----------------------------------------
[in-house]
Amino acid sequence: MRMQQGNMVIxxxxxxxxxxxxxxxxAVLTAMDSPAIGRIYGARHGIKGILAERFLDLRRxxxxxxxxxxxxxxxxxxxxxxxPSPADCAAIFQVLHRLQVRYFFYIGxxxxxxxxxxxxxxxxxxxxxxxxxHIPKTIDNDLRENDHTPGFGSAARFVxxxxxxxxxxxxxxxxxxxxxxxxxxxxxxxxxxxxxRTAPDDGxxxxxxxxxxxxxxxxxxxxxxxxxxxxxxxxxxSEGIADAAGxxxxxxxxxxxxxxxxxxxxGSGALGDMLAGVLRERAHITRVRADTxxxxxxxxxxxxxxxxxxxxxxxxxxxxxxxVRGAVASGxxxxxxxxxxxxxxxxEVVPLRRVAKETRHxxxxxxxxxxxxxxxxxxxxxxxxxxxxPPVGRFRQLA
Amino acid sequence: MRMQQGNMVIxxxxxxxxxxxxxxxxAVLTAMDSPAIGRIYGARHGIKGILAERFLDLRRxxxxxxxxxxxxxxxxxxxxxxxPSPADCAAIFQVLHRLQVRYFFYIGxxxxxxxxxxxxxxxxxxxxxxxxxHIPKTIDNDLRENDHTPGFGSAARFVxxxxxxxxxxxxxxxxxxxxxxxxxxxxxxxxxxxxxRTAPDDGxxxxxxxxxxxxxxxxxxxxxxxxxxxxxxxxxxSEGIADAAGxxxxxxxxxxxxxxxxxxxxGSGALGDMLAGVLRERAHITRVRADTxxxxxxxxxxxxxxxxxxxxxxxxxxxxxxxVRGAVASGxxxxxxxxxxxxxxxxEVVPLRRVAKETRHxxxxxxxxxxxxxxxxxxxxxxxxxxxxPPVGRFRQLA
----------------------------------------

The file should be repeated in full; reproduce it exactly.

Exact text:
[in-house]
Amino acid sequence: MRMQQGNMVIxxxxxxxxxxxxxxxxAVLTAMDSPAIGRIYGARHGIKGILAERFLDLRRxxxxxxxxxxxxxxxxxxxxxxxPSPADCAAIFQVLHRLQVRYFFYIGxxxxxxxxxxxxxxxxxxxxxxxxxHIPKTIDNDLRENDHTPGFGSAARFVxxxxxxxxxxxxxxxxxxxxxxxxxxxxxxxxxxxxxRTAPDDGxxxxxxxxxxxxxxxxxxxxxxxxxxxxxxxxxxSEGIADAAGxxxxxxxxxxxxxxxxxxxxGSGALGDMLAGVLRERAHITRVRADTxxxxxxxxxxxxxxxxxxxxxxxxxxxxxxxVRGAVASGxxxxxxxxxxxxxxxxEVVPLRRVAKETRHxxxxxxxxxxxxxxxxxxxxxxxxxxxxPPVGRFRQLA
Amino acid sequence: MRMQQGNMVIxxxxxxxxxxxxxxxxAVLTAMDSPAIGRIYGARHGIKGILAERFLDLRRxxxxxxxxxxxxxxxxxxxxxxxPSPADCAAIFQVLHRLQVRYFFYIGxxxxxxxxxxxxxxxxxxxxxxxxxHIPKTIDNDLRENDHTPGFGSAARFVxxxxxxxxxxxxxxxxxxxxxxxxxxxxxxxxxxxxxRTAPDDGxxxxxxxxxxxxxxxxxxxxxxxxxxxxxxxxxxSEGIADAAGxxxxxxxxxxxxxxxxxxxxGSGALGDMLAGVLRERAHITRVRADTxxxxxxxxxxxxxxxxxxxxxxxxxxxxxxxVRGAVASGxxxxxxxxxxxxxxxxEVVPLRRVAKETRHxxxxxxxxxxxxxxxxxxxxxxxxxxxxPPVGRFRQLA